I want to go out to former prosecutor Wendy Murphy. This again breaking news just in. It is the last thing we wanted to report. We wanted to say that this beautiful 20-year-old mom would be found alive. We know her family is devastated right now, because they were frantically searching for her.
It is believed that this mother is a hero, that she somehow convinced whoever abducted her to leave the baby there and she had the quick thinking to leave the hazard lights on so that someone would see the car and find the child. The child is OK tonight. What is the next step that authorities take, given that now the very worst had happened? And you speak as a former prosecutor.
WENDY MURPHY: Yes, Jane. What a terrible development. We did know that police and law enforcement officials were searching in water. They obviously had reason to believe that not only foul play had followed but that she was likely dead. Which means -- I mean, the good news is, if there`s any good news, is they have a strong sense of who and why at this point. We have to believe that, because they did target this location where they did find her body.
So now what we`re looking at is a homicide case, likely a first-degree murder prosecution. The next step is identifying and capturing whoever did this.
VELEZ-MITCHELL: Look at this beautiful woman. There is a war on women in this country. A mother, 20-year-old, with her 14-month-old baby, simply trying to live her life, has now been found dead. It is an obscenity. And we really have to get beyond just the who, what, when, where, and get to the deeper why of why this is happening so much in America today. It`s unconscionable.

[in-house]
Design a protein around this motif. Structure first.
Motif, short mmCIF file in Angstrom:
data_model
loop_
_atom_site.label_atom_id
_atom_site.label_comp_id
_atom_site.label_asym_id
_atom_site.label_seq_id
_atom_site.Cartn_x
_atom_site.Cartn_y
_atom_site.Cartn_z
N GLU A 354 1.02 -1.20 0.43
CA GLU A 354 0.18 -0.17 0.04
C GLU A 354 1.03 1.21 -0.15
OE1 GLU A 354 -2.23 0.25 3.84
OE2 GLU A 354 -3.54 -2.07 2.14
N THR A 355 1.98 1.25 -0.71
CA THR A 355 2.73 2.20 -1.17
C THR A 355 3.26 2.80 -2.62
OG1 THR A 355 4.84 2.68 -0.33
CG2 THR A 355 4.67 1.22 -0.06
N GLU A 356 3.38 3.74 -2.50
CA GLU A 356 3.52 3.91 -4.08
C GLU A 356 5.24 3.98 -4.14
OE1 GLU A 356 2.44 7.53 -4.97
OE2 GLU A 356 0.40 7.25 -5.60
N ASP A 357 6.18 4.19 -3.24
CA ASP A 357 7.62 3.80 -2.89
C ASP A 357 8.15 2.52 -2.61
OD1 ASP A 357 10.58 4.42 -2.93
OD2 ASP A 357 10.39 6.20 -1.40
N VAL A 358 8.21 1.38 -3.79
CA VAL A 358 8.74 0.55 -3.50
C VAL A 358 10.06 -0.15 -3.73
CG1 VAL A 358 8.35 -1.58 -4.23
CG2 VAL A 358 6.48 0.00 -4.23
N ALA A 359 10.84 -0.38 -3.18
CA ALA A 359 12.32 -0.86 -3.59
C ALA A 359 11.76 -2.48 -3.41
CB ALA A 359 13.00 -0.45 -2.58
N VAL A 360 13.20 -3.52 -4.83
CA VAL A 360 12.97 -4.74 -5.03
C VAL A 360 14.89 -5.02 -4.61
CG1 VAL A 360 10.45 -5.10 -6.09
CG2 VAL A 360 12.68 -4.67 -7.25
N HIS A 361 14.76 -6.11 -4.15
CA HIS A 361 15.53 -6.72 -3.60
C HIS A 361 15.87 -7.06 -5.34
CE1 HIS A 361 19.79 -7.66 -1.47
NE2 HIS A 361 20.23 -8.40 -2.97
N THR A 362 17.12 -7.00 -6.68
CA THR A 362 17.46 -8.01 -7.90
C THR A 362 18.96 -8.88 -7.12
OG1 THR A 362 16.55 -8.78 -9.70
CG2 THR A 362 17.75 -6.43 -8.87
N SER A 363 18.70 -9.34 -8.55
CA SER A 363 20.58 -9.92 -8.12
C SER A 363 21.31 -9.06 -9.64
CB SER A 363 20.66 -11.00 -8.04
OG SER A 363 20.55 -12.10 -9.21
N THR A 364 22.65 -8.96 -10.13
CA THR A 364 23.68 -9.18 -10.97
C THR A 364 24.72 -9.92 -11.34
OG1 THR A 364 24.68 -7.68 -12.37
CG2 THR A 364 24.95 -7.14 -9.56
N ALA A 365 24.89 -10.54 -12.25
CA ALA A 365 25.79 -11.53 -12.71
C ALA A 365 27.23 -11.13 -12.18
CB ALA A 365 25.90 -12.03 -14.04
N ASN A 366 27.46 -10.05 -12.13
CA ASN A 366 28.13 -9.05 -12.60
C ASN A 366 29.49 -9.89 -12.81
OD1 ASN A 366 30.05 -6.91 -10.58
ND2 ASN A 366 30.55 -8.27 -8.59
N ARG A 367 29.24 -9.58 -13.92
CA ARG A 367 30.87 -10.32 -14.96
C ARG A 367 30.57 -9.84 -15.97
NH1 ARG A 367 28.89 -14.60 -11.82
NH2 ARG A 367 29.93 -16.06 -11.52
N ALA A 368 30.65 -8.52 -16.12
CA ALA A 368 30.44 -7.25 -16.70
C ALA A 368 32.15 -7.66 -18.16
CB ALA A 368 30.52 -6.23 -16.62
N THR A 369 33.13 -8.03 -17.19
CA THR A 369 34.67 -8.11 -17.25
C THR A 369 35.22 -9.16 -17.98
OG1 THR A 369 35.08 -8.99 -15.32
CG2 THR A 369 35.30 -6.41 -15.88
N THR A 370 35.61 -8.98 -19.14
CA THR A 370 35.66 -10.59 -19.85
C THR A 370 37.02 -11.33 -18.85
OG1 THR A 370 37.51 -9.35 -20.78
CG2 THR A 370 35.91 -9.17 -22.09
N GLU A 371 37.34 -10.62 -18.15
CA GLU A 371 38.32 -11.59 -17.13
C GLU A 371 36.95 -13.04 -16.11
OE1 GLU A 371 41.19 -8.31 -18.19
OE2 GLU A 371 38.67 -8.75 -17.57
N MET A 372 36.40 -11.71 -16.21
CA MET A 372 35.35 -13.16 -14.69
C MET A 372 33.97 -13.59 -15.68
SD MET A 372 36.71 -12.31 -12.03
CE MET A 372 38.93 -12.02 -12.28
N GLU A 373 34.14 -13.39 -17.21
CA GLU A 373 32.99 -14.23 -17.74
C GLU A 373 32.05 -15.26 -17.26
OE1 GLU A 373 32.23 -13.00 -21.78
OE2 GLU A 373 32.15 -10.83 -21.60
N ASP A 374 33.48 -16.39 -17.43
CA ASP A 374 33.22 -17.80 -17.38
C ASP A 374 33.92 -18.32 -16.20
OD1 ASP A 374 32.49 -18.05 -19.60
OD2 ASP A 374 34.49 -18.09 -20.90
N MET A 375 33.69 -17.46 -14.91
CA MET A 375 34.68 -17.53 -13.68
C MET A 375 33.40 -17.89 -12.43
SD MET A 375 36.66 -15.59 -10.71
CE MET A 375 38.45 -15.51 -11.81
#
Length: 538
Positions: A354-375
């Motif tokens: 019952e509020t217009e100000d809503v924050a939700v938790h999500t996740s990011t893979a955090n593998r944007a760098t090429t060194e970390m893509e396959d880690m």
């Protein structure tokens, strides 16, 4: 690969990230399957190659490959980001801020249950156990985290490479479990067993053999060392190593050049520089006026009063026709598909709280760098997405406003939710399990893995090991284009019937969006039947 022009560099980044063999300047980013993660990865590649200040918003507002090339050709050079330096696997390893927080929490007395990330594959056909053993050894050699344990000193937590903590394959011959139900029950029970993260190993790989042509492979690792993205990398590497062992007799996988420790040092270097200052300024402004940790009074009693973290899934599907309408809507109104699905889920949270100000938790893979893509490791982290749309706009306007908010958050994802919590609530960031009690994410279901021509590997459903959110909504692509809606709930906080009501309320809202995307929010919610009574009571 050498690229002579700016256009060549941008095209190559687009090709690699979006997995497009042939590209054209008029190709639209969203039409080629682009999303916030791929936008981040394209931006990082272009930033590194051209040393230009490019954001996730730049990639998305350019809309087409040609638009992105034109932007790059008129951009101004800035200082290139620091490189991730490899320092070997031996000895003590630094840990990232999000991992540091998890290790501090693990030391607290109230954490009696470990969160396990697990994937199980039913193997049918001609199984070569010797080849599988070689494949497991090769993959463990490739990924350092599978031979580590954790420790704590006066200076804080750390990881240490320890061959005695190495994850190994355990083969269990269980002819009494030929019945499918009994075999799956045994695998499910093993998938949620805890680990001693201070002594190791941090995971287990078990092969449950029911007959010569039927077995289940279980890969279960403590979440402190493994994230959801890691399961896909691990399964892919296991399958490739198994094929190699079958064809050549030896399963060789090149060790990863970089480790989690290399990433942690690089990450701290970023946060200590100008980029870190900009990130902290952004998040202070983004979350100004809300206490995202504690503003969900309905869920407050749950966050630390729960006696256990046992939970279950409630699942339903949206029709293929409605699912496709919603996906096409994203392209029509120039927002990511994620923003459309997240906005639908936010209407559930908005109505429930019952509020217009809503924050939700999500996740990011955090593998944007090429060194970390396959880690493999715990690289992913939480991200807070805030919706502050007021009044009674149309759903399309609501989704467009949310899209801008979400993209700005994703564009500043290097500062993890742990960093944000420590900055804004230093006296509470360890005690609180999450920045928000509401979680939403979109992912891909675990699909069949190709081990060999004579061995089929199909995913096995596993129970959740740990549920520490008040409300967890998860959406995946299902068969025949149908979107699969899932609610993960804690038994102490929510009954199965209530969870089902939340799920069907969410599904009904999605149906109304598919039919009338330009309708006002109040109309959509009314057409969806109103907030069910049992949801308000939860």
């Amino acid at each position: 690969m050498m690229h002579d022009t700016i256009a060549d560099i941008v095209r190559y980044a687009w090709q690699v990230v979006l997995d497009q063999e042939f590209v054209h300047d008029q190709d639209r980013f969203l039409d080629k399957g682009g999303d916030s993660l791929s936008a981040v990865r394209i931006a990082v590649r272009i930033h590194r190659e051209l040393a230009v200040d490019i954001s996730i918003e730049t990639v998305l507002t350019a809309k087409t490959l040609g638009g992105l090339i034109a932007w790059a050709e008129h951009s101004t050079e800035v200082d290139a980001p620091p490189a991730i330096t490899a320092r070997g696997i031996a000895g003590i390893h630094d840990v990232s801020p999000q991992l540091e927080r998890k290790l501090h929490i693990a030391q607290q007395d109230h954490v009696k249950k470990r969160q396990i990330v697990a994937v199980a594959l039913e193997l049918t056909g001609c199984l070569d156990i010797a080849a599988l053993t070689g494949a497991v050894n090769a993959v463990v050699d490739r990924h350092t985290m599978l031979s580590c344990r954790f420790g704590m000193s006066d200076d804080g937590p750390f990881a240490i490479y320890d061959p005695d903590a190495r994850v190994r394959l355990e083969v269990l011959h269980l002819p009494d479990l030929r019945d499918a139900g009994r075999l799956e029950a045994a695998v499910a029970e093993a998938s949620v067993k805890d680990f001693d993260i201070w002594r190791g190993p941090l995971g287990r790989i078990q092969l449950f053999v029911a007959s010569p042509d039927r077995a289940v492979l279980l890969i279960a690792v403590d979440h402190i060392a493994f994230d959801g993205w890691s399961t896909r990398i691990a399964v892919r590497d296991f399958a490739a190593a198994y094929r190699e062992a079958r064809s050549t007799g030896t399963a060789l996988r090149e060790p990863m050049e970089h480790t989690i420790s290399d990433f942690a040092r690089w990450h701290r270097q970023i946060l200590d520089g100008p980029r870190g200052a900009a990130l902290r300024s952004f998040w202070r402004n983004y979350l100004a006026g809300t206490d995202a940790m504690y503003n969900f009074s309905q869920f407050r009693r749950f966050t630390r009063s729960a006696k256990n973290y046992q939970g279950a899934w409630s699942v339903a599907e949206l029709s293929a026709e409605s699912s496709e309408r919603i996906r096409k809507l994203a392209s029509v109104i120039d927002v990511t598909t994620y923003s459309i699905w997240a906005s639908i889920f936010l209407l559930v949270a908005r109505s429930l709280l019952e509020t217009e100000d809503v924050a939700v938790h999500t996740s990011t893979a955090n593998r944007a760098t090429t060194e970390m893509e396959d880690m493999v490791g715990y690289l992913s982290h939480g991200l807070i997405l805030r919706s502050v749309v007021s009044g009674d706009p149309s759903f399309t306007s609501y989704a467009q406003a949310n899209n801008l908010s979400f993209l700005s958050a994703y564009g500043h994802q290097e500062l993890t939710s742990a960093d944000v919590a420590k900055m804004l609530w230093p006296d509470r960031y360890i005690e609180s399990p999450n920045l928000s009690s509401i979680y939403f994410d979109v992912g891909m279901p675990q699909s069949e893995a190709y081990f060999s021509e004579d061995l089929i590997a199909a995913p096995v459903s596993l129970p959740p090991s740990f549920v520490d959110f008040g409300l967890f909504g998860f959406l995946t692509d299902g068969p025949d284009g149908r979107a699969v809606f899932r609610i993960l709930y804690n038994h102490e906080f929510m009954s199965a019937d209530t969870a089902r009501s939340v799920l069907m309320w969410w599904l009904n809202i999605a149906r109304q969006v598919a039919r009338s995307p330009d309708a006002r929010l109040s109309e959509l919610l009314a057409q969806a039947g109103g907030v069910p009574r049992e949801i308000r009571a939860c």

And our hearts go out to the family of Krista Dittmeyer tonight. We know they are suffering.
Nancy Grace has so much more on this at the top of the hour. She`s all over this story, right here on HLN. So 8 tonight, you`ll get more on this terrible development.
(BEGIN VIDEO CLIP)
UNIDENTIFIED FEMALE: That`s scary to me.
UNIDENTIFIED FEMALE: I trust all these teacher, and I want them to help me to get an education.
(END VIDEO CLIP)
VELEZ-MITCHELL: Tonight, trusted counselor or calculated perv? A high-school guidance counselor in suburban Boston accused of using candy as bait to take lewd pictures. Galen Stone would allegedly throw candy on cafeteria tables and snap cell phone photos of girls` clothes, chests, i.e., breast area as they reached for the candy.